I haven't been in a darkroom in decades...soon I will be getting back.
I didn't remember having problems rolling 120 film onto stainless steel reels when I was 18.
I shot a roll for WPPD last week, and it came out of the camera with the paper facing the lens (that's another story).
I had it processed, and sure enough it was blank, one big 6x75 cm or whatever frame.
So I thought, cool... lemonade...I'll use that to practice spooling onto reels.
I have some Nikor and Nikor 'style' reels, including a 220 one , 'just in case'.
Not too bad on the 120 with the lights on, but I had no idea what kind of feedback I was supposed to be sensing that normal loading was happening (so I can tell in the dark), but I guess I'll become more perceptive with practice.
2-3 times, & I thought I was ready to try the 220 reel (with a 120 length strip). I think that is going to take about 50x for practice. I can't even get the film under the tiny spring clip without several tries. Avoiding the spring clip didn't seem too fruitful either.
Hmm, maybe I can shoot 120, then cut it into strips and do it in trays
You have my sympathy -
I've been rolling 120/220 on ss reels for decades- sometimes it just will not cooperate- frustration seems too weak of a term.
When I was assisting in the early 80's an RIT grad came to town looking for work. I was the usual assistant for two studios, but when both needed an assistant at the same time, they would use other people. This new person came in to work one morning for the first time at one of the studios saying he knew how to load RB and Hassy backs. The photographer went through a couple of product shots using multiple models and pulling backs off the camera early because they felt wrong when advancing film. In the middle of the third back he double checked the loading and found the paper facing the lens in all three backs he'd used.
Originally Posted by Murray@uptowngallery
So at least you weren't charging a photographer good money to blow film, shooting time, and a few thousand in modelling fees. That's a pretty high price for three practice loading rolls.
Good luck getting back into the darkroom.
Just practice a bit, rolling 120 film on a straight 120 reel is very easy to do. Rolling a 220 roll on one of those tight 3 inch 220 reels is near impossible. Or actually in my experience, completely impossible.
I remember in high school there were two kids with 120 and everyone else had the dropped & dented 35mm reels to fight with.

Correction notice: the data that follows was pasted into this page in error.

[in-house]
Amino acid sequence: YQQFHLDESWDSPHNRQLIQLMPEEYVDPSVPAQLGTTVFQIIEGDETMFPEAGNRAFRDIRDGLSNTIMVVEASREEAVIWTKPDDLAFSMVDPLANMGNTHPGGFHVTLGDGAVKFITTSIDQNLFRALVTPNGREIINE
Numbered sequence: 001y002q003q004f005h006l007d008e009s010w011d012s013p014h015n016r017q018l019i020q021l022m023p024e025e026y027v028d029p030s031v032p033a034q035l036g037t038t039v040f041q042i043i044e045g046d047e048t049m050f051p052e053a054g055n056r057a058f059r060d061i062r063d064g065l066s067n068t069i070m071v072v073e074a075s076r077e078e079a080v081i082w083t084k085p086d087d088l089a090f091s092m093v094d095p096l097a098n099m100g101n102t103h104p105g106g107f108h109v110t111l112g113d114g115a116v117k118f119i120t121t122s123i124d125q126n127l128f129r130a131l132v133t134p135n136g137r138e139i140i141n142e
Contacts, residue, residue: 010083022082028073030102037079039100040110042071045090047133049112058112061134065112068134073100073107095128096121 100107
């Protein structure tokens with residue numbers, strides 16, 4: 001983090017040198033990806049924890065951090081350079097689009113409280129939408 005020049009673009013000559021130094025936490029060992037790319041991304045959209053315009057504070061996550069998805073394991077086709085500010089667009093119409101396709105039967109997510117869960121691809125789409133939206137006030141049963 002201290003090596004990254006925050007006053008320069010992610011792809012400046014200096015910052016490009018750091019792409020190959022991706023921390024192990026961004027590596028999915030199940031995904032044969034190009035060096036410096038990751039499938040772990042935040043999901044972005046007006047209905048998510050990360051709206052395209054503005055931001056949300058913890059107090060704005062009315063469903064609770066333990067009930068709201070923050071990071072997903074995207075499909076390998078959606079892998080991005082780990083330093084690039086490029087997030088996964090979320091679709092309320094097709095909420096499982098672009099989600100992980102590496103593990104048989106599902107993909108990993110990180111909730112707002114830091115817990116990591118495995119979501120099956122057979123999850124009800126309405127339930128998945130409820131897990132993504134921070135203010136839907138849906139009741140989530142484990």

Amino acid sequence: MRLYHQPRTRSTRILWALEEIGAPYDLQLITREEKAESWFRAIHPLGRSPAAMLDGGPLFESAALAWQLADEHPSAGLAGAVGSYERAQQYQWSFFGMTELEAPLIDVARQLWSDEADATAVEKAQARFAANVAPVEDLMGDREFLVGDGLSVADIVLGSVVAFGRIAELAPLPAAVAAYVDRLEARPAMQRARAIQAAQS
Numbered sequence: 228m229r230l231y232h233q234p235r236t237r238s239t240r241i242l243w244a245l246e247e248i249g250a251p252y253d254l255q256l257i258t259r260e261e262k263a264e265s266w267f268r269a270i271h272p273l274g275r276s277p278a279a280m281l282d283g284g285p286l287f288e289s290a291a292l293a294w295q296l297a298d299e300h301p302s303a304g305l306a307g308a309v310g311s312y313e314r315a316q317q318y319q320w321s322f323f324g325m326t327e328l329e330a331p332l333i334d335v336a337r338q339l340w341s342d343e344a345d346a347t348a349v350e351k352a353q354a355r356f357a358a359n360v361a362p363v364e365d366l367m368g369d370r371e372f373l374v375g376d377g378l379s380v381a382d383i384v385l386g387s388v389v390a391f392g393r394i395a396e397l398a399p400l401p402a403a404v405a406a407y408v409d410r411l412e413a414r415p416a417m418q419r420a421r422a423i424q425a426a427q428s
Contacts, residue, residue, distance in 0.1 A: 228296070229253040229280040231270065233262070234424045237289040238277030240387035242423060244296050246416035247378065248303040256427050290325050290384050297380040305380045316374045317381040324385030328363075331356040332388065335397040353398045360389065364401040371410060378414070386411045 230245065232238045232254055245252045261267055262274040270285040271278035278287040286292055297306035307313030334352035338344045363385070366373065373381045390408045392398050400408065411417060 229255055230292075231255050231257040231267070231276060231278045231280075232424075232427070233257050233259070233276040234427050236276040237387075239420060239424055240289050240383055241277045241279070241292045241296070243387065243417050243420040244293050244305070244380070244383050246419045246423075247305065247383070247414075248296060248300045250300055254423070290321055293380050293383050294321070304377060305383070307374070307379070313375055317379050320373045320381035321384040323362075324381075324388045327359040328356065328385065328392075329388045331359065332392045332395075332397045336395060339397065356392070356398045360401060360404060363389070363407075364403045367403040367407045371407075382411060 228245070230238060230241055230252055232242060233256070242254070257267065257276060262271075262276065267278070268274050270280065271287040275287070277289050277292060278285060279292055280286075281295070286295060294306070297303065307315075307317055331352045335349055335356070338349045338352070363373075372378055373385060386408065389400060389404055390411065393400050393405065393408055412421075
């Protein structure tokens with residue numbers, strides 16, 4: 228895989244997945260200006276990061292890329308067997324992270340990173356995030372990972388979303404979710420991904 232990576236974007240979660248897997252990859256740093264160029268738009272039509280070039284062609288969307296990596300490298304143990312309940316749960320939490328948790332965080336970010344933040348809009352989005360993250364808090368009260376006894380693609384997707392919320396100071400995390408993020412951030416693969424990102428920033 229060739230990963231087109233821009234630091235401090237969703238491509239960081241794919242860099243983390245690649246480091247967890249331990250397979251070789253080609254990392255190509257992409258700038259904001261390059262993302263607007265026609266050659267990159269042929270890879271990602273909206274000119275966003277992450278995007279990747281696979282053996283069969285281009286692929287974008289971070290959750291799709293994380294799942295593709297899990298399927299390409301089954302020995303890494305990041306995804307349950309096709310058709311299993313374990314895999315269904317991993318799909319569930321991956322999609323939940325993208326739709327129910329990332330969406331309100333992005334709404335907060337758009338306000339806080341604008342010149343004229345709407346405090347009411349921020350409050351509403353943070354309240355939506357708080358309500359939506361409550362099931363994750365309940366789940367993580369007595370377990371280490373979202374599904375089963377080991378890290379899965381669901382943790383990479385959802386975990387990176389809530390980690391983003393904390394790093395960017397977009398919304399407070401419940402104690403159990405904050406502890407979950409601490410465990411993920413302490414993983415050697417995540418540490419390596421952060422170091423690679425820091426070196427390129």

I had a Yashica...124? that had a 35mm insert. The other kid had a Hasselblad she hated, but wouldn't trade it either. Rumor had it her father was a CIA photographer. Never confirmed that. Maybe her name wasn't her real name.
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I used Kindermann SS reels for years, and eventually got proficient with them. The trick is to only use ones that aren't bent, that means that you can't drop them...EVER.
Some years back I changed to Paterson system 4 reels and tanks, much, much better, especially with 120 film.
So, keep practising with your SS reels, don't give up...... or maybe just go plastic.
I went off to the uni-darkroom to develop a roll of 120 a few weeks ago. The school use plastic paterson reels for everything, and I use stainless steel at home, so it'd been a good two years since I loaded a plastic reel. 20 minutes in the little film-loading room swearing and sweating and I finally got it in there (it was just curly and wouldn't take up). It actually came out fine, but I've started bringing my own S/S reels with me. With practice it's just second nature, but I'd say one in every dozen rolls just decide to be frustrating.
One of the best investments that I have made is a loader for my Kindermann SS reels. Perfect loading every time, and fast too.
I went through this just last night, except the other way round, sort of. I've mostly been using 120 for the past year or so, but just shot a roll of 35.
It took three reels and using both ends of the film to get it loaded. While 120 feels pretty flimsy if you are used to 35, my hands had forgotten how small 35 feels if you're used to 120.
As for loading 120, I like to unroll it completely while separating it from the paper, then start spooling it from the taped end, leaving the tape on. The extra stiffness of the tape helps in getting it into clip. One exception might be with Kindermann reels, at least the one I have has a large metal spring, and the tape almost adds too much thickness. I'm sure I could get used to it, but I always avoid that reel in favor of the ones with wire clips.
Interesting, I tend to unspool 120 just enough to catch the end and cup it with my right hand. Using plastic reels, Patterson-type, I place the index and middle finger over the feed slot and curve the rest of my hand around the reel. It is then fairly easy to point the film edge toward and under my fingertips, thus starting the film feeding on the reel. Once it is a few inches onto the reel, I then pull off about 6 more inches of film, ratchet it up and repeat until I hit the end and tear it off the paper.
I feel keeping the paper on as long as possible lessens the chances for inadvertent scratches, but thats probably just a rationalization...